So we closed and did some remodeling. We closed for about seven or eight weeks and then we opened up right at the end of September. The purchase of the restaurant really happened on August 1, so almost two months of construction. Then, we opened up.

EOW: What is the most important thing to you about the menu here?

PL: I think the most important thing to me that the food's fun. It's fun, it's interesting. We get to use and express ourselves with different cuisines, different ingredients. We really wanted to take what the Union Kitchen is known for and established as global cuisine and just really expand beyond that. Go deeper into flavors, deeper into ethnic regions.

Houston is such a melting pot of really great diverse people that everything you could possibly want is here anyway. We thought it would be fun to really explore that's and have fun with different spices, different flavor combinations-- giving people the experience to have that under one roof without having to go different restaurants to get a Middle Eastern dish or a Thai dish or a Korean dish or a Italian dish.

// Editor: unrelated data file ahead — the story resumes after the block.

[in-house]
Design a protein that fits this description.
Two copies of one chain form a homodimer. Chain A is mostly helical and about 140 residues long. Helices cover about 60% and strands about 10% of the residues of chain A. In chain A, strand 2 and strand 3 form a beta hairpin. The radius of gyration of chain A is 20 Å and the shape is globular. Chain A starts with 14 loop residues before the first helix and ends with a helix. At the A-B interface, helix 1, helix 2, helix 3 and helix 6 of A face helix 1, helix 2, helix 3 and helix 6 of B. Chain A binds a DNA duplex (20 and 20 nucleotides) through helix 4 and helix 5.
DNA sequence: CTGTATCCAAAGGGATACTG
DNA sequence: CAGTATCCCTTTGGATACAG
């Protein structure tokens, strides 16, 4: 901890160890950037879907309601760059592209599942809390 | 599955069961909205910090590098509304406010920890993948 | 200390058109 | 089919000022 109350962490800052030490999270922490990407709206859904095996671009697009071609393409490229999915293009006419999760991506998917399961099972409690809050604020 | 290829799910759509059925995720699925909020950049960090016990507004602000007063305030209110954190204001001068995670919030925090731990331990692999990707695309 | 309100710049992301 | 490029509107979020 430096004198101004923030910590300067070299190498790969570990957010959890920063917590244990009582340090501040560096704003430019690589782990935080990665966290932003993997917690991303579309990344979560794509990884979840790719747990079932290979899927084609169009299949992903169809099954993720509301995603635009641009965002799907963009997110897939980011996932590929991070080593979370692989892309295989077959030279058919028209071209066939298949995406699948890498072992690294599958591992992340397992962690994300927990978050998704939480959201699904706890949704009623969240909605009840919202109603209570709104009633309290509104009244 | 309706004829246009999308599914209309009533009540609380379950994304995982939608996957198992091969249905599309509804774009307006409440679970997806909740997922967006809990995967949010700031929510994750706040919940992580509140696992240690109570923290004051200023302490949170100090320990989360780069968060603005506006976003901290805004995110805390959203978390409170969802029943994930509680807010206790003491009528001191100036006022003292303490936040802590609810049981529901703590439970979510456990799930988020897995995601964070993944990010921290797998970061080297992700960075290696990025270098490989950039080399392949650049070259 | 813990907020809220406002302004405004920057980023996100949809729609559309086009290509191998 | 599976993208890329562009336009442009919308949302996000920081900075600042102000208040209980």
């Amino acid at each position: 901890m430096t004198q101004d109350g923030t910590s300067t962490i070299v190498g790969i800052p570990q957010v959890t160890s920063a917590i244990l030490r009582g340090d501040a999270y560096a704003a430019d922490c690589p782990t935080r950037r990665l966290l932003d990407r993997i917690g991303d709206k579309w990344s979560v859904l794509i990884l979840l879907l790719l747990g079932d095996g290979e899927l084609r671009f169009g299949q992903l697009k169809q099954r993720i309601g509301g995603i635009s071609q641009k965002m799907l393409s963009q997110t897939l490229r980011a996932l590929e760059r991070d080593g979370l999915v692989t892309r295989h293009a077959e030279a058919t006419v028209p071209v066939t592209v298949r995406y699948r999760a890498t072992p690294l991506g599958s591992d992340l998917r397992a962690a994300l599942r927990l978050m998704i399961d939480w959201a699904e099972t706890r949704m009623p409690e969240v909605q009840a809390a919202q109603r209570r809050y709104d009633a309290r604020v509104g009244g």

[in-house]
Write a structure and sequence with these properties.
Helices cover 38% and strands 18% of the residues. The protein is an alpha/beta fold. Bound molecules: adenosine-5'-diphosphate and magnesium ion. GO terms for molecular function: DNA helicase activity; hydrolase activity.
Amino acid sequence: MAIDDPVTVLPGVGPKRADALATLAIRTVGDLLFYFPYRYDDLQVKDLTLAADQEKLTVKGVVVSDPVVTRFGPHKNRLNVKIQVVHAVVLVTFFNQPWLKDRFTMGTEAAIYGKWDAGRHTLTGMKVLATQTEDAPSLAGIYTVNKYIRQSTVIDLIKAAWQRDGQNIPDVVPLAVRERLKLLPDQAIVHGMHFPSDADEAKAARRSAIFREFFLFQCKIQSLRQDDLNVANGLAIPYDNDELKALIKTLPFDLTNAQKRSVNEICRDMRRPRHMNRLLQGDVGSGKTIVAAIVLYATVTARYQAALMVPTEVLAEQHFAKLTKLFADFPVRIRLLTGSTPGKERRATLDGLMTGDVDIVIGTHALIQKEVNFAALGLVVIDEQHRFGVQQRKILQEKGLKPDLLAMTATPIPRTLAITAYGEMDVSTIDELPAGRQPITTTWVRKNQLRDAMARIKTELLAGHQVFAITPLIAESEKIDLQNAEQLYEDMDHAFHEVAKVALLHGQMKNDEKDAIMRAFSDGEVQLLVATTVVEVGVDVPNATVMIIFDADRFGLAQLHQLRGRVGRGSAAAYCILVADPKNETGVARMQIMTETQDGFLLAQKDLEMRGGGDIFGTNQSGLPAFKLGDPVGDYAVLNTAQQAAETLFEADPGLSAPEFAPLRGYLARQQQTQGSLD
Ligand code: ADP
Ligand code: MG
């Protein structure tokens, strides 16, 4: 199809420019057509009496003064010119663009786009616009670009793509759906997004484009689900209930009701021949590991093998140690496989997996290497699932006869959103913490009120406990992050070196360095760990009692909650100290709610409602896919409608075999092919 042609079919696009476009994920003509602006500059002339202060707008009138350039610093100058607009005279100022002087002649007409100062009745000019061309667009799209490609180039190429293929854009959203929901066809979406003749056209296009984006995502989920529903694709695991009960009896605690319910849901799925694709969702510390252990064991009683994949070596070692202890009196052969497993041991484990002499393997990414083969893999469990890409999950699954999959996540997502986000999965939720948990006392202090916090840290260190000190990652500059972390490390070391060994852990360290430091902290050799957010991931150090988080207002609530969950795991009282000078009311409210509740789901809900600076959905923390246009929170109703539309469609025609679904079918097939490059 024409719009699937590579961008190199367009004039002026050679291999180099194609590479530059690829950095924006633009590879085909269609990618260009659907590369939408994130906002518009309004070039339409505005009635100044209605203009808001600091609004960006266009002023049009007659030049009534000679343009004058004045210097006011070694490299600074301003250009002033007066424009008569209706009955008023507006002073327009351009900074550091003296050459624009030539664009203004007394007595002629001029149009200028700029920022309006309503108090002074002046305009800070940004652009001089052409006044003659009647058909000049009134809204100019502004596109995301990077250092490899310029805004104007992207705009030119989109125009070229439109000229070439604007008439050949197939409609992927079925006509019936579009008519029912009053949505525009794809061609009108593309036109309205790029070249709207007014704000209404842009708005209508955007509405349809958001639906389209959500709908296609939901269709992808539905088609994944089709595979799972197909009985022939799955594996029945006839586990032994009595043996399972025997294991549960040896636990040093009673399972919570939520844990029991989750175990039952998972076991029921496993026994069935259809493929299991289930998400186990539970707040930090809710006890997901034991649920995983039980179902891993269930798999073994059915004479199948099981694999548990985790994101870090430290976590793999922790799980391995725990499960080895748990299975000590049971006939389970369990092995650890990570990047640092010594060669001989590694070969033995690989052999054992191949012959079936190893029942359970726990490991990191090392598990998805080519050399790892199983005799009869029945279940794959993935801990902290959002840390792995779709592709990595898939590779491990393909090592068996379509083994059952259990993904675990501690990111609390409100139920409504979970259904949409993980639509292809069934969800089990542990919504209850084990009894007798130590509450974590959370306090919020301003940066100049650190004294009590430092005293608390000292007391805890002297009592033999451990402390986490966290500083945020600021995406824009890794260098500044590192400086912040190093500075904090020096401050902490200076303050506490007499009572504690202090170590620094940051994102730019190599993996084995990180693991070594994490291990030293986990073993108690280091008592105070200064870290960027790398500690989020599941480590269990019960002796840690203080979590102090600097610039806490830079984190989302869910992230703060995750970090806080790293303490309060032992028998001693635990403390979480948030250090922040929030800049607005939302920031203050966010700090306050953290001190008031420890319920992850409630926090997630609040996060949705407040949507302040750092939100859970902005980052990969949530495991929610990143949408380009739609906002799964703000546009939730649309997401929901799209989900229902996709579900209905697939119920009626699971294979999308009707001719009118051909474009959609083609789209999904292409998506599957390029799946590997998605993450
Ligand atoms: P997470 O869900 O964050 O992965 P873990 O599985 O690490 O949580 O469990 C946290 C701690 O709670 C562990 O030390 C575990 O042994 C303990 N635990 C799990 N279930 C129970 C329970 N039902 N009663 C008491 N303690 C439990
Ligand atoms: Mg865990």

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EOW: When a diner goes to make a reservation through Open Table or something like that, what is the phrase that describes what kind of food this is?

PL: The one that we like to use to describe it is, "globally inspired, locally sourced," because I feel our food is really inspired from around the globe. We do buy and source our own product from around town and around the state.

I was reading an article the other day and it was saying how people have come to expect that now. It in the past it has perhaps been a nice surprise but the dining public is now changing their opinion in this perspective and looking for that.